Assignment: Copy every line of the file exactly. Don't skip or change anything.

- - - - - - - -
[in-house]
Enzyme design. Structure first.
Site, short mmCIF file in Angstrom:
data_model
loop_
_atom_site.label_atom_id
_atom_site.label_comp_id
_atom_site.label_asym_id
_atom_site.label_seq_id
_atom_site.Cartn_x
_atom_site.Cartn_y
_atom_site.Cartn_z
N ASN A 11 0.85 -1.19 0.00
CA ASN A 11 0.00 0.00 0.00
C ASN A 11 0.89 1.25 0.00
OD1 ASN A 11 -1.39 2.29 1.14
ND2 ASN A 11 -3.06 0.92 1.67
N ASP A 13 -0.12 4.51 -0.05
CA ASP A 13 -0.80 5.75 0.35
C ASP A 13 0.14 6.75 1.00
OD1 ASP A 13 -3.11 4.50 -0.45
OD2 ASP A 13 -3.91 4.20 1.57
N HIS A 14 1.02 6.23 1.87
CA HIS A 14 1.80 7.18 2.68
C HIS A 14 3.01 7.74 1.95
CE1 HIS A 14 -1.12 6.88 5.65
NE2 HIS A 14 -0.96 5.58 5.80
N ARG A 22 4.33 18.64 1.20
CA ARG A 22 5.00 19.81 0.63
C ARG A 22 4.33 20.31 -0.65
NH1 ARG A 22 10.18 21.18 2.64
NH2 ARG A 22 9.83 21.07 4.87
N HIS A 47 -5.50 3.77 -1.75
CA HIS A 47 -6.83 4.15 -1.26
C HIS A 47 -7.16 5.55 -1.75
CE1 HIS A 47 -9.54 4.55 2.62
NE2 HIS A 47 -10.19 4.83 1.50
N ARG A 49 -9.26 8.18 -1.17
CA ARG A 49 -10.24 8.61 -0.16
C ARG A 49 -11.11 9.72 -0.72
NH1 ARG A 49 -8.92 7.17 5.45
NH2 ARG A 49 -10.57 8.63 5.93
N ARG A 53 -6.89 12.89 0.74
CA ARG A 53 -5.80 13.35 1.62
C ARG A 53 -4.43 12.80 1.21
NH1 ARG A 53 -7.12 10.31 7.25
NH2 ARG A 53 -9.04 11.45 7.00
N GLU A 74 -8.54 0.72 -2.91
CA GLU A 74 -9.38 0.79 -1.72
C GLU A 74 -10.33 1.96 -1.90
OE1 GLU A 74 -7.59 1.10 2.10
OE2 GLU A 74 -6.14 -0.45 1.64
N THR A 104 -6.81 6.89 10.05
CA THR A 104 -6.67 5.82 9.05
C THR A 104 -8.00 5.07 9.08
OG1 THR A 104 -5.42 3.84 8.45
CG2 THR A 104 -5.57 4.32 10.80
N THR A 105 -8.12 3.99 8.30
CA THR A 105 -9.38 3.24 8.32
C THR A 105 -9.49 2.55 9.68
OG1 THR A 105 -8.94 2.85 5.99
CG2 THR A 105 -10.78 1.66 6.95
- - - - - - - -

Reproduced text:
[in-house]
Enzyme design. Structure first.
Site, short mmCIF file in Angstrom:
data_model
loop_
_atom_site.label_atom_id
_atom_site.label_comp_id
_atom_site.label_asym_id
_atom_site.label_seq_id
_atom_site.Cartn_x
_atom_site.Cartn_y
_atom_site.Cartn_z
N ASN A 11 0.85 -1.19 0.00
CA ASN A 11 0.00 0.00 0.00
C ASN A 11 0.89 1.25 0.00
OD1 ASN A 11 -1.39 2.29 1.14
ND2 ASN A 11 -3.06 0.92 1.67
N ASP A 13 -0.12 4.51 -0.05
CA ASP A 13 -0.80 5.75 0.35
C ASP A 13 0.14 6.75 1.00
OD1 ASP A 13 -3.11 4.50 -0.45
OD2 ASP A 13 -3.91 4.20 1.57
N HIS A 14 1.02 6.23 1.87
CA HIS A 14 1.80 7.18 2.68
C HIS A 14 3.01 7.74 1.95
CE1 HIS A 14 -1.12 6.88 5.65
NE2 HIS A 14 -0.96 5.58 5.80
N ARG A 22 4.33 18.64 1.20
CA ARG A 22 5.00 19.81 0.63
C ARG A 22 4.33 20.31 -0.65
NH1 ARG A 22 10.18 21.18 2.64
NH2 ARG A 22 9.83 21.07 4.87
N HIS A 47 -5.50 3.77 -1.75
CA HIS A 47 -6.83 4.15 -1.26
C HIS A 47 -7.16 5.55 -1.75
CE1 HIS A 47 -9.54 4.55 2.62
NE2 HIS A 47 -10.19 4.83 1.50
N ARG A 49 -9.26 8.18 -1.17
CA ARG A 49 -10.24 8.61 -0.16
C ARG A 49 -11.11 9.72 -0.72
NH1 ARG A 49 -8.92 7.17 5.45
NH2 ARG A 49 -10.57 8.63 5.93
N ARG A 53 -6.89 12.89 0.74
CA ARG A 53 -5.80 13.35 1.62
C ARG A 53 -4.43 12.80 1.21
NH1 ARG A 53 -7.12 10.31 7.25
NH2 ARG A 53 -9.04 11.45 7.00
N GLU A 74 -8.54 0.72 -2.91
CA GLU A 74 -9.38 0.79 -1.72
C GLU A 74 -10.33 1.96 -1.90
OE1 GLU A 74 -7.59 1.10 2.10
OE2 GLU A 74 -6.14 -0.45 1.64
N THR A 104 -6.81 6.89 10.05
CA THR A 104 -6.67 5.82 9.05
C THR A 104 -8.00 5.07 9.08
OG1 THR A 104 -5.42 3.84 8.45
CG2 THR A 104 -5.57 4.32 10.80
N THR A 105 -8.12 3.99 8.30
CA THR A 105 -9.38 3.24 8.32
C THR A 105 -9.49 2.55 9.68
OG1 THR A 105 -8.94 2.85 5.99
CG2 THR A 105 -10.78 1.66 6.95